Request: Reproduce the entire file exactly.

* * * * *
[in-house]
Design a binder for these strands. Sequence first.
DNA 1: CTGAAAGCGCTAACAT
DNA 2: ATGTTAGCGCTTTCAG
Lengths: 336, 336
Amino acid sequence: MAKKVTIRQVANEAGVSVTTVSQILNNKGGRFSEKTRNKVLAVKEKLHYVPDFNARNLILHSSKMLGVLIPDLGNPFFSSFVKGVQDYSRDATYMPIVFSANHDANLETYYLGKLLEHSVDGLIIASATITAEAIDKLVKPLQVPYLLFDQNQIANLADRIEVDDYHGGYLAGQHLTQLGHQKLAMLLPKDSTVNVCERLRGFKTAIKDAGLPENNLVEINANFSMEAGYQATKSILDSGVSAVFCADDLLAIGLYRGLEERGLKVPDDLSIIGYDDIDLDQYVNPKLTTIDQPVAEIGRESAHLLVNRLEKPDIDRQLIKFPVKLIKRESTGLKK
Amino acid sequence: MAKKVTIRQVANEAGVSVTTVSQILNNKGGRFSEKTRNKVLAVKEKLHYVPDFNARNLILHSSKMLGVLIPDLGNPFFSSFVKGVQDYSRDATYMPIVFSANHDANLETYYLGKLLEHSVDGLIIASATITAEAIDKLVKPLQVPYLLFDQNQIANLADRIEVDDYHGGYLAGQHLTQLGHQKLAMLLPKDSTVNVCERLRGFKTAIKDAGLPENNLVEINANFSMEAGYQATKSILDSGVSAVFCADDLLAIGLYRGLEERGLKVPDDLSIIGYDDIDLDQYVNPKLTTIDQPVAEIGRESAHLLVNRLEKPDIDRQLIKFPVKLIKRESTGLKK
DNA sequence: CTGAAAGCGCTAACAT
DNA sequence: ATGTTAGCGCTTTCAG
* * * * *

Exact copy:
[in-house]
Design a binder for these strands. Sequence first.
DNA 1: CTGAAAGCGCTAACAT
DNA 2: ATGTTAGCGCTTTCAG
Lengths: 336, 336
Amino acid sequence: MAKKVTIRQVANEAGVSVTTVSQILNNKGGRFSEKTRNKVLAVKEKLHYVPDFNARNLILHSSKMLGVLIPDLGNPFFSSFVKGVQDYSRDATYMPIVFSANHDANLETYYLGKLLEHSVDGLIIASATITAEAIDKLVKPLQVPYLLFDQNQIANLADRIEVDDYHGGYLAGQHLTQLGHQKLAMLLPKDSTVNVCERLRGFKTAIKDAGLPENNLVEINANFSMEAGYQATKSILDSGVSAVFCADDLLAIGLYRGLEERGLKVPDDLSIIGYDDIDLDQYVNPKLTTIDQPVAEIGRESAHLLVNRLEKPDIDRQLIKFPVKLIKRESTGLKK
Amino acid sequence: MAKKVTIRQVANEAGVSVTTVSQILNNKGGRFSEKTRNKVLAVKEKLHYVPDFNARNLILHSSKMLGVLIPDLGNPFFSSFVKGVQDYSRDATYMPIVFSANHDANLETYYLGKLLEHSVDGLIIASATITAEAIDKLVKPLQVPYLLFDQNQIANLADRIEVDDYHGGYLAGQHLTQLGHQKLAMLLPKDSTVNVCERLRGFKTAIKDAGLPENNLVEINANFSMEAGYQATKSILDSGVSAVFCADDLLAIGLYRGLEERGLKVPDDLSIIGYDDIDLDQYVNPKLTTIDQPVAEIGRESAHLLVNRLEKPDIDRQLIKFPVKLIKRESTGLKK
DNA sequence: CTGAAAGCGCTAACAT
DNA sequence: ATGTTAGCGCTTTCAG